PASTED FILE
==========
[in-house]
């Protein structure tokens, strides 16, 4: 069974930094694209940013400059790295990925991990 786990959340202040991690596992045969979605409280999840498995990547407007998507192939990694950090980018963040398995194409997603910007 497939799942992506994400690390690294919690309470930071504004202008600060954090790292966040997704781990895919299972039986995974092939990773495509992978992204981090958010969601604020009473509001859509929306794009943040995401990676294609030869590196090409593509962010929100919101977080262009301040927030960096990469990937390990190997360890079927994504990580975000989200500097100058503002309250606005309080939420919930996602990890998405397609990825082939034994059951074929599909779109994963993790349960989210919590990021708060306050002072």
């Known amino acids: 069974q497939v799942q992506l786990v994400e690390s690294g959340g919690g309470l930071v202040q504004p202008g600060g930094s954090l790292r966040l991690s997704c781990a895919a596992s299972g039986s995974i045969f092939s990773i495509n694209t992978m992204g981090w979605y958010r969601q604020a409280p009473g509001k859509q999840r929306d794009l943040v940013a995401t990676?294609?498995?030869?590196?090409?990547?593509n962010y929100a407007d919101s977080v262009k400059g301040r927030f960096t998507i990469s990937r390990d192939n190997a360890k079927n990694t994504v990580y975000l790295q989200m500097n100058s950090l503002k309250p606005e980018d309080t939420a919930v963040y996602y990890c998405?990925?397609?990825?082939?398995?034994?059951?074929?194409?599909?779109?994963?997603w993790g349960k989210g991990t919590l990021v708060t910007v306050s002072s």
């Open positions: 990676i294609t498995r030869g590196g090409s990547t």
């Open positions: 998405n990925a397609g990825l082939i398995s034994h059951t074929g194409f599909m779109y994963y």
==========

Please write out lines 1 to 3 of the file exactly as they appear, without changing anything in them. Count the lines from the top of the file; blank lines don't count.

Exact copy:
[in-house]
């Protein structure tokens, strides 16, 4: 069974930094694209940013400059790295990925991990 786990959340202040991690596992045969979605409280999840498995990547407007998507192939990694950090980018963040398995194409997603910007 497939799942992506994400690390690294919690309470930071504004202008600060954090790292966040997704781990895919299972039986995974092939990773495509992978992204981090958010969601604020009473509001859509929306794009943040995401990676294609030869590196090409593509962010929100919101977080262009301040927030960096990469990937390990190997360890079927994504990580975000989200500097100058503002309250606005309080939420919930996602990890998405397609990825082939034994059951074929599909779109994963993790349960989210919590990021708060306050002072």
């Known amino acids: 069974q497939v799942q992506l786990v994400e690390s690294g959340g919690g309470l930071v202040q504004p202008g600060g930094s954090l790292r966040l991690s997704c781990a895919a596992s299972g039986s995974i045969f092939s990773i495509n694209t992978m992204g981090w979605y958010r969601q604020a409280p009473g509001k859509q999840r929306d794009l943040v940013a995401t990676?294609?498995?030869?590196?090409?990547?593509n962010y929100a407007d919101s977080v262009k400059g301040r927030f960096t998507i990469s990937r390990d192939n190997a360890k079927n990694t994504v990580y975000l790295q989200m500097n100058s950090l503002k309250p606005e980018d309080t939420a919930v963040y996602y990890c998405?990925?397609?990825?082939?398995?034994?059951?074929?194409?599909?779109?994963?997603w993790g349960k989210g991990t919590l990021v708060t910007v306050s002072s």